Al diierenti'al. lookv constructedy .according to' thek inventionmay. be.: installedfinl a. conventional automotive axle... Such; an: axle. comprises two laterally.V extending tubular sections I joined by a differential housingZl Theencls of l"the tubular sections terminate in wheel bearing supports 3 and brake supports 4 and near the ends are provided with spring pads 5. A differential frame 6 having a forwardly projecting tubular section 1 and an annular flange 8 is adapted to be bolted to the axle so as to complete the housing portion 2. A drive shaft 9 enters through the tubular projection 1 and is journaled therein `by ball bearings I0, of which only the bearing at the inner end of the'tubular projection 1 is shown. The drive shaft 9 carries a drive pinion which meshes with a ring gear I2 mounted on a differential carrier I3. The differential carrier I3 is rotatably journaled in ball bearings |4 and I5 mounted in the inner end of the differential frame 6 with the axis of rotation of the carrier perpendicular to the drive shaft 9. The axis ofthe drive shaft 9 may intersect the axis of the differential carrier |3 or it may pass .below the latter axis depending upon whether ordinary bevel or hypoid gearing is employed. The differential carrier I3 is axially positioned relative to the drive shaft 9 by threaded rings I6 and I1 so as to secure correct engagement between the bevel pinion I I and the ring gear I2.
A pair of bevel gears I8 and I9 are journaled in the differential carrier I3 with their axes ccinciding with the axis of rotation of the carrier. Ordinary sleeve bearings are provided for these gears because in normal operation there is very little relative rotation between them and the carrier I3. The hubs of the gears I8 and I9 are internally splined to receive splined ends 20 and 2| of axle shafts 22 and 23 positioned within the tubular axle sections I.
The bevel gears I8 and I9 are operatively connected by a pair of bevel pinions 24 and 25 journaled on a short shaft '26 mounted in the differential carrier I3 transversely to its axis of rotation. The driving force transmitted through the drive shaft 9, the drive pinion I I and ring gear I2 rotates the differential carrier I3 and with it the shaft 2liV carrying the bevel pinions 24 and 25. Because the bevel pinions 24 and 25 are free to rotate on the shaft 26 the force created by the rotation of the differential carrier I3 is applied equally to the bevel gears I8 and I9. If one of the axle shafts 22 or 23 encounters greaterresistance to rotation than the other it may slow up or stop while the other axle shaft correspondingly increases its speed. When there is a difference in speedV between the shafts .22 and 23 slight differences. in torque transmitted to the axles occur depending upon the magnitude of the friction between the .bevel gears I8 and I9 and the bevel pinions 24 and 25 meshing therewith and in the bearings supporting these bevel gears. Normally this friction is small so that no substantial inequality of torque exists. During an emergency when the traction condition at one wheel is widely different from that at the other (aswmay occur when one wheel is on a slippery spot and the other on dry pavement) the friction in the differential mechanism plus the torque delivered to the slipping drive wheel is insuiiicient to turn the stalled wheel. (In a frictionless differential gearing the torque applied to the stalled wheel is never greater than that required to turn the slipping wheel regardless of the relative rotation between the wheels.) As the friction in the differential gearing is increased more of the driving torque delivered by the differential carrier I3 is applied to the stalled wheel until nally when the differential gearing is locked the driving torque is divided according to the traction conditions .at the wheels and both wheels are forced to turn. By using friction instead of positive locking it is possible to keep the slipping wheel turning even though most of the driving torque is applied to the stalled wheel. This type of operation is particularly useful when the sliding wheel is in a hole and must climb out as the vehicle moves ahead.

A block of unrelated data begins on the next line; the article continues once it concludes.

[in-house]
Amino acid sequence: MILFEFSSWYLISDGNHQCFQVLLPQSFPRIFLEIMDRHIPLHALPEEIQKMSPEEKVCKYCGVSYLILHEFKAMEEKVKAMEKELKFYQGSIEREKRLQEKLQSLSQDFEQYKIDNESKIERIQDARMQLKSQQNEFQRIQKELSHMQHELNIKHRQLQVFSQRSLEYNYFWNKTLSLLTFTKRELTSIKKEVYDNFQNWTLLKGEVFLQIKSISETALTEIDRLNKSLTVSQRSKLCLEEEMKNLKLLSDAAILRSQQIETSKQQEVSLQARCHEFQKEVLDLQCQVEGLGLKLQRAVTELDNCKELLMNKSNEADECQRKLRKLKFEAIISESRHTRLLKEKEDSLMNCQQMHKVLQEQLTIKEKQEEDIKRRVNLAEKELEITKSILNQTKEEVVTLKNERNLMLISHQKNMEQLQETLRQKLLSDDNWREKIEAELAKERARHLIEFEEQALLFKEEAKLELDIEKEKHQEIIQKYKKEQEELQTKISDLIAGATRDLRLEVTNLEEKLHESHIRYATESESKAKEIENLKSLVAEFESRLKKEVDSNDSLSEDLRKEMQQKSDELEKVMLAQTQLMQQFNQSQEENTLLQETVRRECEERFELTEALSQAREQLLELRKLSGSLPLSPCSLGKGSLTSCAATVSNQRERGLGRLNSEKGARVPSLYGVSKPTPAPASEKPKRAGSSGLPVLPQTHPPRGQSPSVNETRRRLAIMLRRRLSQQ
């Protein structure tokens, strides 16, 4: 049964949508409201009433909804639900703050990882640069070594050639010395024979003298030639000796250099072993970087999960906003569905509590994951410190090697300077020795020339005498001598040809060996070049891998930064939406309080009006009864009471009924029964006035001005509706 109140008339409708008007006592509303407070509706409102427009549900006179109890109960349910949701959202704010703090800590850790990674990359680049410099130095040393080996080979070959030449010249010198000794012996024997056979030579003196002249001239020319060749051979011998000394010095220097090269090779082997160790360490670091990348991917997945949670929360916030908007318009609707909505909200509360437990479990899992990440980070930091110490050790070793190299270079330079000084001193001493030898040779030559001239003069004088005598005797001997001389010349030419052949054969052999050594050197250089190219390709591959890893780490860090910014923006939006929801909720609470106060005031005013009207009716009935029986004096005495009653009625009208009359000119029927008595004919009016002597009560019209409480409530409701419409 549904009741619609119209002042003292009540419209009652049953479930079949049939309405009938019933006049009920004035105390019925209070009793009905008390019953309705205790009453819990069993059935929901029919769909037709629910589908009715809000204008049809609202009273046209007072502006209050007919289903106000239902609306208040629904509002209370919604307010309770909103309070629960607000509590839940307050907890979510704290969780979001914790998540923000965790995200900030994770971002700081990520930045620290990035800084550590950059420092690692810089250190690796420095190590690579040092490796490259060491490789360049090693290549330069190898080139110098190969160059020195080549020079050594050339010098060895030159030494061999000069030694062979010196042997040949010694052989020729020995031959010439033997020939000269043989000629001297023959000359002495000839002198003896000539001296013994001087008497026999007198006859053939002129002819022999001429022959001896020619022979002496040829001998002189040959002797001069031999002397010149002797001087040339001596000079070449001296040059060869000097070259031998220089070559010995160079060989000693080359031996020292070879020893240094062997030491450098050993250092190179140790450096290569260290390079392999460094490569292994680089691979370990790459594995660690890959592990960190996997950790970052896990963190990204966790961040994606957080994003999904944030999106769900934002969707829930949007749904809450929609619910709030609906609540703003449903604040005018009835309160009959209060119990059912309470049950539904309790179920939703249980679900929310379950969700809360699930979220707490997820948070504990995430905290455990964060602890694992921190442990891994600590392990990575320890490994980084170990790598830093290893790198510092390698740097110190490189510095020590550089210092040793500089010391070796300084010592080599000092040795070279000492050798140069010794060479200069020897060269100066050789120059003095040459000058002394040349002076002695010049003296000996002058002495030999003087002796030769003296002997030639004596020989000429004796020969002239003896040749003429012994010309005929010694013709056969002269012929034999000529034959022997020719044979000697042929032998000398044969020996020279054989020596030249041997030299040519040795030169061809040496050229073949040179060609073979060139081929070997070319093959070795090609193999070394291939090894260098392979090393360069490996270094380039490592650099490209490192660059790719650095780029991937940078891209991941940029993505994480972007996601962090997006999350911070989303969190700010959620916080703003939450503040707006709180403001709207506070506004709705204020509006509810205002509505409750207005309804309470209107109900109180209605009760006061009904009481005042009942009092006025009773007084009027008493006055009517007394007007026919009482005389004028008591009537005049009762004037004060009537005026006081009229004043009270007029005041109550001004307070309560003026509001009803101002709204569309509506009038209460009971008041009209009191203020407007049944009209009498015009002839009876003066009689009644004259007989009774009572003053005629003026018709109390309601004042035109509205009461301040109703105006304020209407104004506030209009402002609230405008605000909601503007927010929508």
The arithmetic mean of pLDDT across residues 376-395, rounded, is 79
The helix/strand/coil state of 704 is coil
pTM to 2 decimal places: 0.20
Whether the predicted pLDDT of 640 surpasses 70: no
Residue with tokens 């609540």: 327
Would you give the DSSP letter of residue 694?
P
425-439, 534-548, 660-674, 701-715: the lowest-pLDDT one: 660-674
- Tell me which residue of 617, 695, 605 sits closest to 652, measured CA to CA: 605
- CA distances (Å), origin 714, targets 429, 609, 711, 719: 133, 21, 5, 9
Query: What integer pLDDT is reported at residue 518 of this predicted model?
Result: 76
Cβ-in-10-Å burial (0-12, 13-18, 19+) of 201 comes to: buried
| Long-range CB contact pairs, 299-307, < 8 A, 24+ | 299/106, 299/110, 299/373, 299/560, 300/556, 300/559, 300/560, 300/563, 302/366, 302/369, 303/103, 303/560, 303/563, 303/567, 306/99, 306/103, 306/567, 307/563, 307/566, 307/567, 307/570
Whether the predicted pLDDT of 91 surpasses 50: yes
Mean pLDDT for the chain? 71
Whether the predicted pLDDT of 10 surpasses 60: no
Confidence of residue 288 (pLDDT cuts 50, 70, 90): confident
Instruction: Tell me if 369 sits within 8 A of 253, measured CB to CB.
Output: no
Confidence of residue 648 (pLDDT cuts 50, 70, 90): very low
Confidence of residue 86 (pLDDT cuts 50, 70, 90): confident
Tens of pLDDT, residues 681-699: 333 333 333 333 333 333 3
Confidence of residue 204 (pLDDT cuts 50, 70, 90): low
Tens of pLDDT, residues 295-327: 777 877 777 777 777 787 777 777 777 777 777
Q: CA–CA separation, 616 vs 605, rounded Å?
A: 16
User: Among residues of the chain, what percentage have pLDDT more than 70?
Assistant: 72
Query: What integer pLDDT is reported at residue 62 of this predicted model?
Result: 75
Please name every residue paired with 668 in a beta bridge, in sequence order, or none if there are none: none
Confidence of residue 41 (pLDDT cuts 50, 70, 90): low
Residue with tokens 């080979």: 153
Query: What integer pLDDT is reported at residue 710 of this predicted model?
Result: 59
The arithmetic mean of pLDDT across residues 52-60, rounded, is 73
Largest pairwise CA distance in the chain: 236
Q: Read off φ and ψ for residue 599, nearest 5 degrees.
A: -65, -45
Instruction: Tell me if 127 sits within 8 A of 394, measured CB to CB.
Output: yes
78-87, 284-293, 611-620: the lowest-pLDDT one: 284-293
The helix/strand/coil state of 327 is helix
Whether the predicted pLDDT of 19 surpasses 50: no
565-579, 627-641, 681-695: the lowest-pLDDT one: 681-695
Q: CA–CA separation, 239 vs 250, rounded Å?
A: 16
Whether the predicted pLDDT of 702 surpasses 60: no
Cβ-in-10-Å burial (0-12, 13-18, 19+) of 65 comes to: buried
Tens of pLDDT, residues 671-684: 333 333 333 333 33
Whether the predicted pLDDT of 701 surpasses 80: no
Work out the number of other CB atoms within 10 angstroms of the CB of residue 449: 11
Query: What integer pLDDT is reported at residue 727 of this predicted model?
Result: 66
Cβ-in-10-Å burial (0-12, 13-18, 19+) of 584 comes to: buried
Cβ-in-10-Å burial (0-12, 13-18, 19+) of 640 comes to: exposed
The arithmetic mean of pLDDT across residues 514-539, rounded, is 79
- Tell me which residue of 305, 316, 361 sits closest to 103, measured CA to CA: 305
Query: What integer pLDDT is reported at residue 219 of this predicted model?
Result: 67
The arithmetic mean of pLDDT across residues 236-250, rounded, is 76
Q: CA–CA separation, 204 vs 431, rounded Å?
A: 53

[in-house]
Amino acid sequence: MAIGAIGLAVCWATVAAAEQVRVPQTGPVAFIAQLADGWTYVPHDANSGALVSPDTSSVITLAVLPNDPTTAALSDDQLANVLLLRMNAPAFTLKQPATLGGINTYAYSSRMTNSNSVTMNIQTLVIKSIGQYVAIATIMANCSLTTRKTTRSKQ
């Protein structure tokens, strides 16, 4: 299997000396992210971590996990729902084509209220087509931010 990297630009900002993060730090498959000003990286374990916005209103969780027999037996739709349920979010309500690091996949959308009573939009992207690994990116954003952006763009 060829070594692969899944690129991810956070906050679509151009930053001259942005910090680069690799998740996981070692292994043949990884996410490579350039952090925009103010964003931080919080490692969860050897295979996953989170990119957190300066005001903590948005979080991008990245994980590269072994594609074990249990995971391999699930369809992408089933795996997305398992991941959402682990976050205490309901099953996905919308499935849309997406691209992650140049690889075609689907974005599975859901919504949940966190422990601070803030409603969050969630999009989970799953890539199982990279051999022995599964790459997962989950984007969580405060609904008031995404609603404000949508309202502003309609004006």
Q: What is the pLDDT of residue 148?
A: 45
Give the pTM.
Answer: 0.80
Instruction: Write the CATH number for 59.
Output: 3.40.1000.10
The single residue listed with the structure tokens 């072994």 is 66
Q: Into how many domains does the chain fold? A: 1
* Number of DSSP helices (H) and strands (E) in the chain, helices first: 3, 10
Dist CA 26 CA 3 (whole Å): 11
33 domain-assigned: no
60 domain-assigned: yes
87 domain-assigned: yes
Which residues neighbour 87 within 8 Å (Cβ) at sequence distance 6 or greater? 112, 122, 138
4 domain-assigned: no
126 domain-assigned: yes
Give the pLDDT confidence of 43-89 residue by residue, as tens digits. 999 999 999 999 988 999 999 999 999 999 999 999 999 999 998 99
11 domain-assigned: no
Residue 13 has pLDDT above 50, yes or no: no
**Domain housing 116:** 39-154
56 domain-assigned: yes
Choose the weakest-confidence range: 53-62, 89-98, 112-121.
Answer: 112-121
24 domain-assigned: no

While various clutches have been devised to lock the bevel gears I8 and I9 to the differential carrier I3 all of these devices have been relatively expensive and difficult to apply. This problem is very simply solved by inducing friction in the differential assembly by crowding the bevel gear I9 into deeper mesh with the bevel pinions 24 and 25. A sleeve 21 loosely mounted on the axle shaft 23 and bearing against the hub of the bevel gear I9 serves to transmit force from an armature 28 of an electromagnet 29 mounted within one of the tubular portions I of the axle. The case of the electromagnet 29 is provided with a flanged foot 30 (Fig. III) and is secured in position in the axle by bolting it to the flange 8, utilizing some of the bolts 3| holding the differential frame 6 in the housing 2. For convenience in assembly two of the bolts 3| are made in the form of hollow studs 32 set-into the flanged foot 30 so that lead wires 3.3 of the electromagnet 29 may be brought out through the hollow studs. The wires where they pass through the studs may be surrounded by sealing compound to keep the joint oil tight.